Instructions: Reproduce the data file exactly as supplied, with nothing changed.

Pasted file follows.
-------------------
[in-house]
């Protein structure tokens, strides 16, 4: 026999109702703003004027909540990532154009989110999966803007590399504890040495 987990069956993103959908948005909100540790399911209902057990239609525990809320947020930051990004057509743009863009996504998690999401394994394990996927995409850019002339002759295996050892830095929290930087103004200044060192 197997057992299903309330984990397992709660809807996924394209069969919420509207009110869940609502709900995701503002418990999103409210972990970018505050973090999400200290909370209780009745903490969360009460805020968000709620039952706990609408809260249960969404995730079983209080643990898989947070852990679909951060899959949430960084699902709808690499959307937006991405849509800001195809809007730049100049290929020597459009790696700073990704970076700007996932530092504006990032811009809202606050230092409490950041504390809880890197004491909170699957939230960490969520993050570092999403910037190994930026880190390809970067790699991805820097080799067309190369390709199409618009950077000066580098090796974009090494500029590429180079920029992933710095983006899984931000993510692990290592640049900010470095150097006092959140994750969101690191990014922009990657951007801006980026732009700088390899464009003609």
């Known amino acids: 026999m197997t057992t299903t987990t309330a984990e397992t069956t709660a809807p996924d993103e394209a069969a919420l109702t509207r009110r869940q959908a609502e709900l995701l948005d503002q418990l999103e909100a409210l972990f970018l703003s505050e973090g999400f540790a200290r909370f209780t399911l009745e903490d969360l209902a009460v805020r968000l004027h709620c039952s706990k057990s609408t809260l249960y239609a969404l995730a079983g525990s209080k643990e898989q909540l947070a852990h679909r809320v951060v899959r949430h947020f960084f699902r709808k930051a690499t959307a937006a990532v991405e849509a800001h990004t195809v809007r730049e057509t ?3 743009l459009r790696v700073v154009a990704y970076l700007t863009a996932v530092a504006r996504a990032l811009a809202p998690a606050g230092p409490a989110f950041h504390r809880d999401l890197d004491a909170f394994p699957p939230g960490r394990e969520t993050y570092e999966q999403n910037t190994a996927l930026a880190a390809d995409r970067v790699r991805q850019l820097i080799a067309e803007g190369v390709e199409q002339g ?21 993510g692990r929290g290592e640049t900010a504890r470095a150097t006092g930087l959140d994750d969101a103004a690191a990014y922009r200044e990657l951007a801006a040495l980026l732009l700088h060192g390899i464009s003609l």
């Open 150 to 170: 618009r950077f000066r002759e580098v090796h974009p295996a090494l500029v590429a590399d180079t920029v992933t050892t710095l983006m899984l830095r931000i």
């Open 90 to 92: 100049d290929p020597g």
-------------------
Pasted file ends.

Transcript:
[in-house]
């Protein structure tokens, strides 16, 4: 026999109702703003004027909540990532154009989110999966803007590399504890040495 987990069956993103959908948005909100540790399911209902057990239609525990809320947020930051990004057509743009863009996504998690999401394994394990996927995409850019002339002759295996050892830095929290930087103004200044060192 197997057992299903309330984990397992709660809807996924394209069969919420509207009110869940609502709900995701503002418990999103409210972990970018505050973090999400200290909370209780009745903490969360009460805020968000709620039952706990609408809260249960969404995730079983209080643990898989947070852990679909951060899959949430960084699902709808690499959307937006991405849509800001195809809007730049100049290929020597459009790696700073990704970076700007996932530092504006990032811009809202606050230092409490950041504390809880890197004491909170699957939230960490969520993050570092999403910037190994930026880190390809970067790699991805820097080799067309190369390709199409618009950077000066580098090796974009090494500029590429180079920029992933710095983006899984931000993510692990290592640049900010470095150097006092959140994750969101690191990014922009990657951007801006980026732009700088390899464009003609």
């Known amino acids: 026999m197997t057992t299903t987990t309330a984990e397992t069956t709660a809807p996924d993103e394209a069969a919420l109702t509207r009110r869940q959908a609502e709900l995701l948005d503002q418990l999103e909100a409210l972990f970018l703003s505050e973090g999400f540790a200290r909370f209780t399911l009745e903490d969360l209902a009460v805020r968000l004027h709620c039952s706990k057990s609408t809260l249960y239609a969404l995730a079983g525990s209080k643990e898989q909540l947070a852990h679909r809320v951060v899959r949430h947020f960084f699902r709808k930051a690499t959307a937006a990532v991405e849509a800001h990004t195809v809007r730049e057509t ?3 743009l459009r790696v700073v154009a990704y970076l700007t863009a996932v530092a504006r996504a990032l811009a809202p998690a606050g230092p409490a989110f950041h504390r809880d999401l890197d004491a909170f394994p699957p939230g960490r394990e969520t993050y570092e999966q999403n910037t190994a996927l930026a880190a390809d995409r970067v790699r991805q850019l820097i080799a067309e803007g190369v390709e199409q002339g ?21 993510g692990r929290g290592e640049t900010a504890r470095a150097t006092g930087l959140d994750d969101a103004a690191a990014y922009r200044e990657l951007a801006a040495l980026l732009l700088h060192g390899i464009s003609l």
């Open 150 to 170: 618009r950077f000066r002759e580098v090796h974009p295996a090494l500029v590429a590399d180079t920029v992933t050892t710095l983006m899984l830095r931000i």
């Open 90 to 92: 100049d290929p020597g």